Ending the Business of Injustice: Anti-Sweatshop Activism at the University of Michigan, 1999-2007

Just (Don't) Do It: Nike Case Study

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Nike was not the only university supplier with labor issues, nor was it the only one to vocally oppose the university’s anti-sweatshop policies. However, due to its impressive role in American pop culture and a number of widely publicized factory scandals, Nike became a national symbol for the dangers of the sweatshop labor. On campus, Nike’s massive contract with Michigan athletics, one of the largest of any college in the country, made it an easy target for SOLE and others.  Students made the company a focal point in many of their demonstrations.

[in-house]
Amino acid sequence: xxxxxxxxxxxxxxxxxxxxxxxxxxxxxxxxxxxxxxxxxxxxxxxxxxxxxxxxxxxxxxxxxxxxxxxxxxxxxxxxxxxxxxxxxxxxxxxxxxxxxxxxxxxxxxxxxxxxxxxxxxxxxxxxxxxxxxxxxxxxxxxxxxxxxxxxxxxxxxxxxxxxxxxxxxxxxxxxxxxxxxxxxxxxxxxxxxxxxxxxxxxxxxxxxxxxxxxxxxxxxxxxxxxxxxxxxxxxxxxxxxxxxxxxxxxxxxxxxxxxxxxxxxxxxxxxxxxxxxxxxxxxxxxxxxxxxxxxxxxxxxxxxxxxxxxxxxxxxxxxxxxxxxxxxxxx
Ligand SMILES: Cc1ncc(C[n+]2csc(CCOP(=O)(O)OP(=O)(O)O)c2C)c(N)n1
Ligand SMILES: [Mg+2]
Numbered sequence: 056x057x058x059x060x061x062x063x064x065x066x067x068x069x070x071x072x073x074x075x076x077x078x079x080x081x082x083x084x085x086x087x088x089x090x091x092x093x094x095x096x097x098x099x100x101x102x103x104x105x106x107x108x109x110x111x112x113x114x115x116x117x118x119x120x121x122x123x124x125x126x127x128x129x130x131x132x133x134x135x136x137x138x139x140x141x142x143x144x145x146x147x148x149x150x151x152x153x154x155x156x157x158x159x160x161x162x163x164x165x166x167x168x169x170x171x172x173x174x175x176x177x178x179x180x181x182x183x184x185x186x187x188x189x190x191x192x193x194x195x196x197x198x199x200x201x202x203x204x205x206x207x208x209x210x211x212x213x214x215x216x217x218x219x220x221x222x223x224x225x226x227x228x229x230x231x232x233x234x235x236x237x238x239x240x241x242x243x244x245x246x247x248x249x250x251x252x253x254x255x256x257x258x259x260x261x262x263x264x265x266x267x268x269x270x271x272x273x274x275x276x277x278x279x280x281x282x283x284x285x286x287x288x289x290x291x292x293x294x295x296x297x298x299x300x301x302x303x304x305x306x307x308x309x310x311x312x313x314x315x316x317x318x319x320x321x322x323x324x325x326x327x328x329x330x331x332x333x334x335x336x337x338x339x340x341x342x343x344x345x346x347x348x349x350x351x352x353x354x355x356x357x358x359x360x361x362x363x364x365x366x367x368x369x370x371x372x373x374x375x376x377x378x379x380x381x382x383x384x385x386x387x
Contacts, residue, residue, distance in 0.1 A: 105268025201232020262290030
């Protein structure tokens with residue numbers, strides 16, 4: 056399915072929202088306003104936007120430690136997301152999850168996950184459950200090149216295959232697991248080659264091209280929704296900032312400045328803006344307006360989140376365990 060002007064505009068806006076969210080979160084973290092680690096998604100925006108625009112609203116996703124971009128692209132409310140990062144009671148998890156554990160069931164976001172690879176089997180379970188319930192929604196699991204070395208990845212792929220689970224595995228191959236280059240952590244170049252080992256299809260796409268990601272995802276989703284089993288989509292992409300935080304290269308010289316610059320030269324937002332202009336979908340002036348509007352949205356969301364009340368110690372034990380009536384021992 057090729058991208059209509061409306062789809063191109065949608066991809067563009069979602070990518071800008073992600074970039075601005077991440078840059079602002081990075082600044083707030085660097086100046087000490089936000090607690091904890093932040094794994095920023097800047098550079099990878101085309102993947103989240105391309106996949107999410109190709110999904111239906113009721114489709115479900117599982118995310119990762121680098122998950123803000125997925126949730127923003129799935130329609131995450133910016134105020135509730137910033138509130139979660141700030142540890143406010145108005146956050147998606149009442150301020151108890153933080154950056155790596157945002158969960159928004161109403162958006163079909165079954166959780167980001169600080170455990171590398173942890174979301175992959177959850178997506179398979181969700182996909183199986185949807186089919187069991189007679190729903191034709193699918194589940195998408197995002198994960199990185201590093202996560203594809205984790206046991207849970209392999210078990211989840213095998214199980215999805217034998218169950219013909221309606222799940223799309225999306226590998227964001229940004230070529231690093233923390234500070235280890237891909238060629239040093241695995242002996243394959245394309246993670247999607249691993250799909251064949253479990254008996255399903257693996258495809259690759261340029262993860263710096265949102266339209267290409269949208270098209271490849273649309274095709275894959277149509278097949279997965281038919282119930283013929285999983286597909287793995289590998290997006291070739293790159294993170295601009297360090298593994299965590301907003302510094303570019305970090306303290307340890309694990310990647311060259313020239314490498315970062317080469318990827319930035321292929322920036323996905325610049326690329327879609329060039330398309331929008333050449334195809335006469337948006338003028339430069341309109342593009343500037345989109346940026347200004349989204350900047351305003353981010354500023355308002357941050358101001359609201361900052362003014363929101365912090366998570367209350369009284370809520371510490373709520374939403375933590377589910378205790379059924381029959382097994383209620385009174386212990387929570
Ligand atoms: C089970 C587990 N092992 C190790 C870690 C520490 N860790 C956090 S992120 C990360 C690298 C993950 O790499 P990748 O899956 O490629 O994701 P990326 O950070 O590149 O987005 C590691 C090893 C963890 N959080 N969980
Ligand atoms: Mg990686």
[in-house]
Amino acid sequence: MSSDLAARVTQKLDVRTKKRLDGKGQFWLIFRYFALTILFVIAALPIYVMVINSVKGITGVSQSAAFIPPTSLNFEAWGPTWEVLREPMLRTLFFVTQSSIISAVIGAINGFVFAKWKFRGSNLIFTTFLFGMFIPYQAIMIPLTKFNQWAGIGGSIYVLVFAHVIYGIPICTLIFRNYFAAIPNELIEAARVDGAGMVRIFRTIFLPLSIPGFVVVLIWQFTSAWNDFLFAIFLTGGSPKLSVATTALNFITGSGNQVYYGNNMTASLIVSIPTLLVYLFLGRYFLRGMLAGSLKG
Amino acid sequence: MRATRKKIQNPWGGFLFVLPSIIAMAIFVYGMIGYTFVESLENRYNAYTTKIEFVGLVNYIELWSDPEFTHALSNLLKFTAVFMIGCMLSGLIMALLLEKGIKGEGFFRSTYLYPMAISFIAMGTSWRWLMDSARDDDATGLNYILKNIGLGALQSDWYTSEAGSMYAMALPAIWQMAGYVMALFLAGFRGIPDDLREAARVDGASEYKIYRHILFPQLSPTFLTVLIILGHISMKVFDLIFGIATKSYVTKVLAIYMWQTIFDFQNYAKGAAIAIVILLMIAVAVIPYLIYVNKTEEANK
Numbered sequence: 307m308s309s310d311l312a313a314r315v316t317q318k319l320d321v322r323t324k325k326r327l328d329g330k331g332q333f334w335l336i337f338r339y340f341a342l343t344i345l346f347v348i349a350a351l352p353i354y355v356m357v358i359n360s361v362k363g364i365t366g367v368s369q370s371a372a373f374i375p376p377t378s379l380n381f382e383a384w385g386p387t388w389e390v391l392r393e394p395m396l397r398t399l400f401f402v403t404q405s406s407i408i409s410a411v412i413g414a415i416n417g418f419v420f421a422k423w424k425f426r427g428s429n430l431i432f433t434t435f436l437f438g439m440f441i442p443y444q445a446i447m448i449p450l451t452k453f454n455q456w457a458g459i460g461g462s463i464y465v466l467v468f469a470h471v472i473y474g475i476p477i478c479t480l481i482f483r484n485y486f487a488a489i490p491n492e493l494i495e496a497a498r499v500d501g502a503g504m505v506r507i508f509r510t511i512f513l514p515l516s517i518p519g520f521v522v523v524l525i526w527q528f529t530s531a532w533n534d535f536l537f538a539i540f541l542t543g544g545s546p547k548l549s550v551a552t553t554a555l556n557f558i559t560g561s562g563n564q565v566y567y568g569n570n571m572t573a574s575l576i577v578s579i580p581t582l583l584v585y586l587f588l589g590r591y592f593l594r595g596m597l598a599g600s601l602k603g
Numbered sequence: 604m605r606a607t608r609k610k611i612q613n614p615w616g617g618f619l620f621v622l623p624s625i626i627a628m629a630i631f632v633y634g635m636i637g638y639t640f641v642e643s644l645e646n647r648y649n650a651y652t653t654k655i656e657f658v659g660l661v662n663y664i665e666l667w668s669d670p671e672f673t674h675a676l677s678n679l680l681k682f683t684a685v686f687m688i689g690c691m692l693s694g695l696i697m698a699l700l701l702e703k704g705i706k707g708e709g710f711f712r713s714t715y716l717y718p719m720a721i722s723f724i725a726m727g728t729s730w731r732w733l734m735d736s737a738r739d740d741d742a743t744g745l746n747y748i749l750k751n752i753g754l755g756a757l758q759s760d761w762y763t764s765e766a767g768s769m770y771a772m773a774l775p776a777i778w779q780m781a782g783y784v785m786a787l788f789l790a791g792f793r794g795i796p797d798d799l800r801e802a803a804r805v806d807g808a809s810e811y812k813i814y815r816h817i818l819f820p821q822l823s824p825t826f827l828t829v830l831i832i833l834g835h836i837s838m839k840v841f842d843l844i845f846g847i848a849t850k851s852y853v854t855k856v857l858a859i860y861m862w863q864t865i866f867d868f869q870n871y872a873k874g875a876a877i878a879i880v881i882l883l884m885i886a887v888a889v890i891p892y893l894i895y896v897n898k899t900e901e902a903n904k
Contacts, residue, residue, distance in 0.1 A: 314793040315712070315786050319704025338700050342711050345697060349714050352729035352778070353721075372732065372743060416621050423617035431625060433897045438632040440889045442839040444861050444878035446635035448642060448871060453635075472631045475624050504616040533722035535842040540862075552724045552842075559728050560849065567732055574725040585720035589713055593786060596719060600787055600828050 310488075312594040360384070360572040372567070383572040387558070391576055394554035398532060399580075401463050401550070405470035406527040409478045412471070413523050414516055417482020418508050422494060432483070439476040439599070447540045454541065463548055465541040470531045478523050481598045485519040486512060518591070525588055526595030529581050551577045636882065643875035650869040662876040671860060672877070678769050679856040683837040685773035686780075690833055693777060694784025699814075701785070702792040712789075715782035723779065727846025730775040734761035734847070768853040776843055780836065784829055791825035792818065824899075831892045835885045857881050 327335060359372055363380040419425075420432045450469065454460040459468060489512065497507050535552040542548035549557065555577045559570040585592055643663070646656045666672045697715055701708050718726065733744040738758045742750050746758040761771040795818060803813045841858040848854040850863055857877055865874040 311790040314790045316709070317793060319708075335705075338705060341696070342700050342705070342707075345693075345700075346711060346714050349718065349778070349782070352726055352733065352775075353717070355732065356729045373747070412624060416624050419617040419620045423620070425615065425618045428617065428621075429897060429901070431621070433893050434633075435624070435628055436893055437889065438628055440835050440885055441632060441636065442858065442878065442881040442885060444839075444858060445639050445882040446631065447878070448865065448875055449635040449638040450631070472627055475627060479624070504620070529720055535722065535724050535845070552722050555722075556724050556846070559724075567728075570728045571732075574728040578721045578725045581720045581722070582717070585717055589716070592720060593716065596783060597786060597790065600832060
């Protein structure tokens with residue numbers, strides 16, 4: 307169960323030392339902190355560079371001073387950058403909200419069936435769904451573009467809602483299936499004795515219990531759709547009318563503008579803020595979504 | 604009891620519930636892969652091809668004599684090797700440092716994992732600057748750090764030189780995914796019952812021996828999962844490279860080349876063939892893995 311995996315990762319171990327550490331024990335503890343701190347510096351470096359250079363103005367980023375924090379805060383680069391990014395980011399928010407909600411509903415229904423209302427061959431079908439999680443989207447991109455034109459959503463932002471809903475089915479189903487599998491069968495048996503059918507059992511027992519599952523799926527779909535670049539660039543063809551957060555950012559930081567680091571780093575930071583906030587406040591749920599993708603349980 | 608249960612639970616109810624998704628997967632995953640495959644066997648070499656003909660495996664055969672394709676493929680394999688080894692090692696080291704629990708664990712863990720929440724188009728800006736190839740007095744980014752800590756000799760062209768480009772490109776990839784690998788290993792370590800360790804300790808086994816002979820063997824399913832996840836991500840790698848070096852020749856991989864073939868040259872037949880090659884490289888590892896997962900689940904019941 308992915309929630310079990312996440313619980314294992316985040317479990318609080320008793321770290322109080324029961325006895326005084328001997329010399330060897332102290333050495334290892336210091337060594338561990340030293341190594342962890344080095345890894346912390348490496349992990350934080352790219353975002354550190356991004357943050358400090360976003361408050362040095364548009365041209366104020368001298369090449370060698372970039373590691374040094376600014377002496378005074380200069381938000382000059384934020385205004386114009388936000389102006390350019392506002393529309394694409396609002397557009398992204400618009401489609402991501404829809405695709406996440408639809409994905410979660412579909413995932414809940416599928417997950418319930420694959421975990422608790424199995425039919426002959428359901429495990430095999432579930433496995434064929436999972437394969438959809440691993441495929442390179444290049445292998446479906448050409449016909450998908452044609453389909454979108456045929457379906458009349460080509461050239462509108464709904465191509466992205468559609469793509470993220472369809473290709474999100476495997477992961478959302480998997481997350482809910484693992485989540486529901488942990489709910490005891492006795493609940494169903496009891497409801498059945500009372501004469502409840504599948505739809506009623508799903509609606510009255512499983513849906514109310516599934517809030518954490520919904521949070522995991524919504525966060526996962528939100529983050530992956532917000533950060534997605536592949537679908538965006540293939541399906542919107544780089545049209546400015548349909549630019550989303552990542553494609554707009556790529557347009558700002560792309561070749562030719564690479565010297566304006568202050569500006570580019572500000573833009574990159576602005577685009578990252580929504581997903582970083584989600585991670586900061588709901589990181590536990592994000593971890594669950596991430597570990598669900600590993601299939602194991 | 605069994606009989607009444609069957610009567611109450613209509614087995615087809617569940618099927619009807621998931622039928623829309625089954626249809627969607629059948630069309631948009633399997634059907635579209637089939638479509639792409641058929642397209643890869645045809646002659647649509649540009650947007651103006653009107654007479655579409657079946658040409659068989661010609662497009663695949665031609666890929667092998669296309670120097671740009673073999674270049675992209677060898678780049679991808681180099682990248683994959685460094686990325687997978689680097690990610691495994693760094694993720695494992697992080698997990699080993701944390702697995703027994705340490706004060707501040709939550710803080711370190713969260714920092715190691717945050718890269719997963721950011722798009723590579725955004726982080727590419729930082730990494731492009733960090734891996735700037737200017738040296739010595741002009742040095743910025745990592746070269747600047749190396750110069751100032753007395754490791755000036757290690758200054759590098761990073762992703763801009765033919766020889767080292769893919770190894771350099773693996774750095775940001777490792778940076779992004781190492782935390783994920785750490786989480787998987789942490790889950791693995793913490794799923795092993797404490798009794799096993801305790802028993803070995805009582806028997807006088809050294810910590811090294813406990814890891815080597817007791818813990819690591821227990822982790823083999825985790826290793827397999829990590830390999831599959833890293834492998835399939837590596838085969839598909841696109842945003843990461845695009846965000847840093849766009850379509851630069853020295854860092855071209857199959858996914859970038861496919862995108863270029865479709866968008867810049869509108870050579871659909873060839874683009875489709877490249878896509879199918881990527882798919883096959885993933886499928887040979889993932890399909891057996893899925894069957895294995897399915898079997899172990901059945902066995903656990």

Nike's relationship with the university was rocky at best. Starting with the University of Michigan adopting a strong code of conduct in 1999, Nike began years of negotiations to weaken anti-sweatshop protections and to mitigate the impact of the university's regulations on their business. The last straw was Michigan joining the WRC, and Nike decided to would rather end its contract than comply with a set of guidelines it considered unreasonable. While the university and Nike signed a new contract in 2001 with new protections for they company's workers, Nike continued to be a target for activists.